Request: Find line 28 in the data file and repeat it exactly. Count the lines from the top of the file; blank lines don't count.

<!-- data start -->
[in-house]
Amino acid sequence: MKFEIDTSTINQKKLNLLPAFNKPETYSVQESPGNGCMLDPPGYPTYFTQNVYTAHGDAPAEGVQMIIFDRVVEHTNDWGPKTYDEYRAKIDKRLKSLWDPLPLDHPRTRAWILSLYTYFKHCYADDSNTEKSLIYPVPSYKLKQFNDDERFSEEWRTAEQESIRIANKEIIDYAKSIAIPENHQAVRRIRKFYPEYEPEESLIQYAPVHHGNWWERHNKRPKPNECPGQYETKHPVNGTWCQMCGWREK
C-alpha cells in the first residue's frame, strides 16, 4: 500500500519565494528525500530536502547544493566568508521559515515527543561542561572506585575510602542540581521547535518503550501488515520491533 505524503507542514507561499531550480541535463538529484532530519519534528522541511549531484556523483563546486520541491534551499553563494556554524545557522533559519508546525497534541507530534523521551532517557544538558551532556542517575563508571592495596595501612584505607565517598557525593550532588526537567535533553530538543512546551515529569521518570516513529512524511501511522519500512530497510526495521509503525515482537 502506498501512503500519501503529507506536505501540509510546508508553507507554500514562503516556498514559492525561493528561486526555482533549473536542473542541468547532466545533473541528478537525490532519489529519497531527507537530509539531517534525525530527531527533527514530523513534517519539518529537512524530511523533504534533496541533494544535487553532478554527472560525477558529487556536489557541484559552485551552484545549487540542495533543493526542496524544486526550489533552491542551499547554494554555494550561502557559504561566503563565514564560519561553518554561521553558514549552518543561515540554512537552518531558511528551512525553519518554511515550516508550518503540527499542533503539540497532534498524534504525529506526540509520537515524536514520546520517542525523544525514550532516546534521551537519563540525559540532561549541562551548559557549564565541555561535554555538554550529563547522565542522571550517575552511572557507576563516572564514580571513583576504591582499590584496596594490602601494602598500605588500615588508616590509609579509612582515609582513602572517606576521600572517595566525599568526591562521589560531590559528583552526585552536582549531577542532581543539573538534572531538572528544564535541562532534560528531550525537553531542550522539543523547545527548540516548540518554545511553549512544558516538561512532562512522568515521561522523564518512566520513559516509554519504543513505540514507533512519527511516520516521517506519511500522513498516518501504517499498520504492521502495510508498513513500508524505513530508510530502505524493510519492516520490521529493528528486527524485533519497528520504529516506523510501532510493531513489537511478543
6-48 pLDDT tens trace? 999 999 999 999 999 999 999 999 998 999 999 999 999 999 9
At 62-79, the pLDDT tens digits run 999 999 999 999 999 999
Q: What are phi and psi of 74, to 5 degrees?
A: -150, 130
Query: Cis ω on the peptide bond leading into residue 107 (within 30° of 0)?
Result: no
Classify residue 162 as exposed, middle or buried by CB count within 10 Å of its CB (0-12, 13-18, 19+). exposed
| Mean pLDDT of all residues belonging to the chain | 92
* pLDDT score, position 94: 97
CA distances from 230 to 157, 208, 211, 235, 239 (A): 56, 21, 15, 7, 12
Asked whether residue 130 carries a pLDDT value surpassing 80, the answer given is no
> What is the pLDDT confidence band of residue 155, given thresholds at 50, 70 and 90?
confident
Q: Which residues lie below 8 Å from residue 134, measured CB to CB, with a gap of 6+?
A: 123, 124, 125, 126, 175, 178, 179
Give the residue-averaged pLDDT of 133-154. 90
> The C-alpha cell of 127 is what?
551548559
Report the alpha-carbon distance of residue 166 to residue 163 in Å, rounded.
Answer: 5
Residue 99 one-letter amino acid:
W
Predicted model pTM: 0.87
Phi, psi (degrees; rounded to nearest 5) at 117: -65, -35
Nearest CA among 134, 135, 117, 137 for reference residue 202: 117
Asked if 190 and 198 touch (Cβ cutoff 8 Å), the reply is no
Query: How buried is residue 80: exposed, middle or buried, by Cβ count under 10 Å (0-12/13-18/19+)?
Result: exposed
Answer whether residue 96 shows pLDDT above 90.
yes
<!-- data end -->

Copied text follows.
Nearest CA among 134, 135, 117, 137 for reference residue 202: 117